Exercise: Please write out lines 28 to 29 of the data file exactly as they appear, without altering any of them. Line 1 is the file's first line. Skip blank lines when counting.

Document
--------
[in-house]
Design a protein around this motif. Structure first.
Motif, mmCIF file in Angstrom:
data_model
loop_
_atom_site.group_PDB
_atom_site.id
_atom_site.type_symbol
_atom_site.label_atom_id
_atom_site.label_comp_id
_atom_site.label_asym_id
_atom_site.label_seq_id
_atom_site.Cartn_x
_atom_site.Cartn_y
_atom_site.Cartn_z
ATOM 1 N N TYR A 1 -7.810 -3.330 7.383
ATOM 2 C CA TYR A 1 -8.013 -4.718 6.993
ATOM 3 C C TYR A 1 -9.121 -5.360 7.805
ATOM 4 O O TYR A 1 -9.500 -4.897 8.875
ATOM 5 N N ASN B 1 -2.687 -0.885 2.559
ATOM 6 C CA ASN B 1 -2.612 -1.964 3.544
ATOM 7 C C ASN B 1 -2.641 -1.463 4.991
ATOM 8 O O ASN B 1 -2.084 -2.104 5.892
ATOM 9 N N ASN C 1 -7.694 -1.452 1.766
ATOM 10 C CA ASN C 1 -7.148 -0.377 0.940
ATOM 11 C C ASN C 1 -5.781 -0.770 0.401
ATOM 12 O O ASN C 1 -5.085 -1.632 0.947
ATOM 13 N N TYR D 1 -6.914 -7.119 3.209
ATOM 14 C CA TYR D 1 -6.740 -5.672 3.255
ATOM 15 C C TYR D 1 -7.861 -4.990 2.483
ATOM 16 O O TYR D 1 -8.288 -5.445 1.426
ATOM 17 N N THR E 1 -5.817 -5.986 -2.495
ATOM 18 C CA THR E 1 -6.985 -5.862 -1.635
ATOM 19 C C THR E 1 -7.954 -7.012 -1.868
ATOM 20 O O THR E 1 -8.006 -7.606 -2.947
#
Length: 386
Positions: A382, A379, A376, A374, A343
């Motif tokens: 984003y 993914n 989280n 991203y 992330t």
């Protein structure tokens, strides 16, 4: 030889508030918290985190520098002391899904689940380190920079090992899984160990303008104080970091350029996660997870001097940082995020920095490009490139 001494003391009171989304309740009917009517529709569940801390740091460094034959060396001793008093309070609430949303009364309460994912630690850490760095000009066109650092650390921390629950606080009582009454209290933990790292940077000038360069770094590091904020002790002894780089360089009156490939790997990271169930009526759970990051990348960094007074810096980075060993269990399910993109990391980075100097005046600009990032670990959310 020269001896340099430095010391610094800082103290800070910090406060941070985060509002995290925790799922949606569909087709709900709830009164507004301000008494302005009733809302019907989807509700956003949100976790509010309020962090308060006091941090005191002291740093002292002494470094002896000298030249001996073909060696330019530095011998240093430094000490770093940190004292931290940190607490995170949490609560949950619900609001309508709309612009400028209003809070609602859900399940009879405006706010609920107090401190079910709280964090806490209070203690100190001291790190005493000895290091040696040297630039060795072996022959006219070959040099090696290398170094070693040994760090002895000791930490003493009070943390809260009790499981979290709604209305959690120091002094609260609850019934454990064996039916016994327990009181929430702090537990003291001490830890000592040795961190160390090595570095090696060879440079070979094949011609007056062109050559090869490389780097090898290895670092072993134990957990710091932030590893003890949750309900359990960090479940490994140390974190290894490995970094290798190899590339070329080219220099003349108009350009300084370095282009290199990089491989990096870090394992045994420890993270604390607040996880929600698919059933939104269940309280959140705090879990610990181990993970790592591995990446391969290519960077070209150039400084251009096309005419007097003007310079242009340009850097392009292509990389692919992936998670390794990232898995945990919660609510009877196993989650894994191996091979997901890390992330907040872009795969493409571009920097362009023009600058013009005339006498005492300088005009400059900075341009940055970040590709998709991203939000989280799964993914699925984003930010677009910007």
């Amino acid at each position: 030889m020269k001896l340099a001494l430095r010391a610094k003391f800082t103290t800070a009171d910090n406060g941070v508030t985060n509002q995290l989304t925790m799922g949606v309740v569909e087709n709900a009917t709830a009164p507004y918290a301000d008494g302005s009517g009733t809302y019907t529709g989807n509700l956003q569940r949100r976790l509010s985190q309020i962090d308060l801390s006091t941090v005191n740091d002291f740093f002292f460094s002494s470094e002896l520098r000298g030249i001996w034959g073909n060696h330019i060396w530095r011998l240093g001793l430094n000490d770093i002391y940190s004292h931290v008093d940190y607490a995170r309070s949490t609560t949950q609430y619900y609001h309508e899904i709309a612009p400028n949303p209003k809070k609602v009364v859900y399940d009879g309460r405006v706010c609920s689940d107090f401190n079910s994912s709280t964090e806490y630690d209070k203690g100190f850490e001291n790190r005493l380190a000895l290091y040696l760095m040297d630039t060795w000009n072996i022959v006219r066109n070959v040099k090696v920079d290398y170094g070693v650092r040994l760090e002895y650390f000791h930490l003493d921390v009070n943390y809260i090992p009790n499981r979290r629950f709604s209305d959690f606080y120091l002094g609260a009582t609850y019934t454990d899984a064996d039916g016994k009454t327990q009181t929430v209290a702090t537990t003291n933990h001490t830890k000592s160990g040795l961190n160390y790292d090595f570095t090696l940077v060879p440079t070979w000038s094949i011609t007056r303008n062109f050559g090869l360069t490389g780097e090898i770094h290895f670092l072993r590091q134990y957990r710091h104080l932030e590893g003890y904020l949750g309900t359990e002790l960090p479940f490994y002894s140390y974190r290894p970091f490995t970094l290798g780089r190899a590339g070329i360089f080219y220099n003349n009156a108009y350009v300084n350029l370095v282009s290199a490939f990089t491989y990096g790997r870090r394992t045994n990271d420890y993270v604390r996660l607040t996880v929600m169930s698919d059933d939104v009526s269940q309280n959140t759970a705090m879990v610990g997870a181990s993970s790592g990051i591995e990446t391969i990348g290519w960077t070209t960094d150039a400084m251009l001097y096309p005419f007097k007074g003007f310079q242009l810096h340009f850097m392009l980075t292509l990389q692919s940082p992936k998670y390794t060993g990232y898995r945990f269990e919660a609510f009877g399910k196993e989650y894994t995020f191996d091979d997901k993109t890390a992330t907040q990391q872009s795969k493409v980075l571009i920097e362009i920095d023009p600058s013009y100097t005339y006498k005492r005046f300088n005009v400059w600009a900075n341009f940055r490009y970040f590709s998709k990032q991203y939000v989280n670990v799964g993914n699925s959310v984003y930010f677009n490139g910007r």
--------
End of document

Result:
ATOM 13 N N TYR D 1 -6.914 -7.119 3.209
ATOM 14 C CA TYR D 1 -6.740 -5.672 3.255